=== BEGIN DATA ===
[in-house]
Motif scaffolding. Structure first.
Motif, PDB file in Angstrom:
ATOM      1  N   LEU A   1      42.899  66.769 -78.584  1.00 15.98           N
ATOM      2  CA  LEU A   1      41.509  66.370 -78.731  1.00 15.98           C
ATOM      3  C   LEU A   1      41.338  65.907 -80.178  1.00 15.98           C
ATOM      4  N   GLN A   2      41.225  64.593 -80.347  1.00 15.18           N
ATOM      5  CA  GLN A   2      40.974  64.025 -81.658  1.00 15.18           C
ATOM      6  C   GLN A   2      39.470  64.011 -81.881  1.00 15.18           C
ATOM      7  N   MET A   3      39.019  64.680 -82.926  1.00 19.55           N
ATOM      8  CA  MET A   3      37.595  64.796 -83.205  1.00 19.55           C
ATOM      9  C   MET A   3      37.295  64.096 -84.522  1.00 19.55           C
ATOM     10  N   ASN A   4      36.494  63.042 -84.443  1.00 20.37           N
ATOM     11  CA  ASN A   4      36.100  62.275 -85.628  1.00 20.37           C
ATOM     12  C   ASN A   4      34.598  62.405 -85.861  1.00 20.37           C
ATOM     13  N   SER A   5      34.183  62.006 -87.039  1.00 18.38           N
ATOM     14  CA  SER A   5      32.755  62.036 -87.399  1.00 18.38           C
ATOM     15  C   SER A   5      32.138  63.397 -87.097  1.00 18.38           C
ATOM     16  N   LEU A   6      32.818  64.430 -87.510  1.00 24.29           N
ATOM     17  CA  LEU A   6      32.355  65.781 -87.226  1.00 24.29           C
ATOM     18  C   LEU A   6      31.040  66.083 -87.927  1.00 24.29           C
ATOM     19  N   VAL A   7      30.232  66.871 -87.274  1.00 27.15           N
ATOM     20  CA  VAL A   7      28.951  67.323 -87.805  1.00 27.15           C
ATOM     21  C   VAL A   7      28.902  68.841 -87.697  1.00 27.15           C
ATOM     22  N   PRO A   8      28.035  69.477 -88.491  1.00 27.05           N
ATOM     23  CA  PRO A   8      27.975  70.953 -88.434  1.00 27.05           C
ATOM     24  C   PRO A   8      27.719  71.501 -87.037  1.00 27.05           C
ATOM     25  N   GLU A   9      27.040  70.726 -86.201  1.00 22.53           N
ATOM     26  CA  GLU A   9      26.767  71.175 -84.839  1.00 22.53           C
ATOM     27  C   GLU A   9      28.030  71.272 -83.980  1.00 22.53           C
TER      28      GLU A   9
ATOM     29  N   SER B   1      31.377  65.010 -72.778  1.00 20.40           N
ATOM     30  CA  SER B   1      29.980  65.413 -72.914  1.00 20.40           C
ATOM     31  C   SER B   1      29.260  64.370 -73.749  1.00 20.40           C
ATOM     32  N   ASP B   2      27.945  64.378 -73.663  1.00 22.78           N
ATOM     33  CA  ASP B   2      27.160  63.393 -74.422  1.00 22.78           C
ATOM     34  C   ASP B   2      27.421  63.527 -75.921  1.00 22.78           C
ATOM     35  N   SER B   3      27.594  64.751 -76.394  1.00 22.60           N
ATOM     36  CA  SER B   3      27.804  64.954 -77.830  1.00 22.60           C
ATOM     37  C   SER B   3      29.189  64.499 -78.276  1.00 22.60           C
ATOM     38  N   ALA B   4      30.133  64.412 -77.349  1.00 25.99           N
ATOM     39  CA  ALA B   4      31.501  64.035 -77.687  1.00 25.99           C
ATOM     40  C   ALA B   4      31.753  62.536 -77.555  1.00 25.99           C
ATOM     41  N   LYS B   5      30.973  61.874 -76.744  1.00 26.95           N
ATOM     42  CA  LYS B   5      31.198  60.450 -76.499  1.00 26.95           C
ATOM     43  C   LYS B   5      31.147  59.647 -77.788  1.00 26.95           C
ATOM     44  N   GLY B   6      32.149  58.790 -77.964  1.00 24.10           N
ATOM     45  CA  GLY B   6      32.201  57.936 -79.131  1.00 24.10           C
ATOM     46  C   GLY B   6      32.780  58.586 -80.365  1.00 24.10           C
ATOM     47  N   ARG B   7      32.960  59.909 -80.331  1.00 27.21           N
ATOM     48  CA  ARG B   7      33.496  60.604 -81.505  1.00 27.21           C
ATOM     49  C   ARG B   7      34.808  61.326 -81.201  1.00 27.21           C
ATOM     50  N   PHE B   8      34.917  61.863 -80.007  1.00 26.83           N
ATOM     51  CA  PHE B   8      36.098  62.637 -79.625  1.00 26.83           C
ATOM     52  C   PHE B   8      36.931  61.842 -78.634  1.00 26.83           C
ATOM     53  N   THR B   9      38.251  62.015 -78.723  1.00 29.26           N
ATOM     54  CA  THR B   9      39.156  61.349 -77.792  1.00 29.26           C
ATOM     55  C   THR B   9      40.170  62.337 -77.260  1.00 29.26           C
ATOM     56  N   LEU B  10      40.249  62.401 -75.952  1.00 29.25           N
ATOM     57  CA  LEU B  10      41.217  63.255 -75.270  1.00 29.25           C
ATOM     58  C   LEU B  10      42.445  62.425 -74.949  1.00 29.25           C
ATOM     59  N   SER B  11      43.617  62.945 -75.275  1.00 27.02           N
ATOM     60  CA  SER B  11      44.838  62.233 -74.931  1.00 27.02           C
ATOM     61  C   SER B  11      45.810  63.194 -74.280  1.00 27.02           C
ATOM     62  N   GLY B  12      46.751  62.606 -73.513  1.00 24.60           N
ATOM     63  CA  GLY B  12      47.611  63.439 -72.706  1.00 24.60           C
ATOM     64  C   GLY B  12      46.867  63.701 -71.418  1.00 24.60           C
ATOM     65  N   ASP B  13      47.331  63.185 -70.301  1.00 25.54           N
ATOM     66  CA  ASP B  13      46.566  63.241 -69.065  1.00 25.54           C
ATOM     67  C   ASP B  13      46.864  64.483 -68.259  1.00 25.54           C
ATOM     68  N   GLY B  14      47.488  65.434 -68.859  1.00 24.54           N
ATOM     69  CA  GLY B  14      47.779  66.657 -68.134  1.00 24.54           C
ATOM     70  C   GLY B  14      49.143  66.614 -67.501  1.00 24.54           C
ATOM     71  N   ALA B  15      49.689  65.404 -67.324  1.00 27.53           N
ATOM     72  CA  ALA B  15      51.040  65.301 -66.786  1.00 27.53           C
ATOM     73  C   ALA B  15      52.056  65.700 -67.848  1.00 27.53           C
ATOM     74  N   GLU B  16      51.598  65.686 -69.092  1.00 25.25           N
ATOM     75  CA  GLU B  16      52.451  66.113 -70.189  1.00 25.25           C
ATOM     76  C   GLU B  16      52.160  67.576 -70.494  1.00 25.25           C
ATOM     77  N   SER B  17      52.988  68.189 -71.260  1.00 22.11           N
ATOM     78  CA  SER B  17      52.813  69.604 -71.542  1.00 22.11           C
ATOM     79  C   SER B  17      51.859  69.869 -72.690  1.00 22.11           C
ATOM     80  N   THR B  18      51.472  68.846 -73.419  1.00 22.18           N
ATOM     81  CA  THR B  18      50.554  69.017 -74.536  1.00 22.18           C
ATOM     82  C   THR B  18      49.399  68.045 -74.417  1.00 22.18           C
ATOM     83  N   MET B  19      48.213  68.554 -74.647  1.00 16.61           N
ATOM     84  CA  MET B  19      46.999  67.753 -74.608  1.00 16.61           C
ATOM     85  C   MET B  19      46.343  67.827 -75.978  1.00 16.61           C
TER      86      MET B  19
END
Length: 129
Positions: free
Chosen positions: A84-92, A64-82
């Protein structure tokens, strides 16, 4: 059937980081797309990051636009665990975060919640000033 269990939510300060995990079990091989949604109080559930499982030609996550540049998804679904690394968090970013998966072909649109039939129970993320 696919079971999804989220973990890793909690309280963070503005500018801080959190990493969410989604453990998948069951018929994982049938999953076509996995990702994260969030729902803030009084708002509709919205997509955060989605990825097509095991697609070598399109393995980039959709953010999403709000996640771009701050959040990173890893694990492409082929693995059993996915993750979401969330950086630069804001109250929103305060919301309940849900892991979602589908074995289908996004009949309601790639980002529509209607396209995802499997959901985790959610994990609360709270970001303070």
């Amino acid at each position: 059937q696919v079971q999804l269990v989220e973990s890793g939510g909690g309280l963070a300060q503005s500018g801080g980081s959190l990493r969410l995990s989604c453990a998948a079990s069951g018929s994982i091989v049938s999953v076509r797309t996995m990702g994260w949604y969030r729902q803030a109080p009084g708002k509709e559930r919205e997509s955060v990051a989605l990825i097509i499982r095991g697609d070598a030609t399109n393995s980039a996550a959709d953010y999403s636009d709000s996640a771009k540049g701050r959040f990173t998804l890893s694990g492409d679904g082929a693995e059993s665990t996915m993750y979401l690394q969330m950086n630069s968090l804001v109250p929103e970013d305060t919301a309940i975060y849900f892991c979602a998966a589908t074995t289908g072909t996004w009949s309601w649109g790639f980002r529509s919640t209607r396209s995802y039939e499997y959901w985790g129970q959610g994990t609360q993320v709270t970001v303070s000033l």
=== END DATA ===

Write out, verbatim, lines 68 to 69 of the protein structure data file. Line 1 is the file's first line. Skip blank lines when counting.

ATOM     65  N   ASP B  13      47.331  63.185 -70.301  1.00 25.54           N
ATOM     66  CA  ASP B  13      46.566  63.241 -69.065  1.00 25.54           C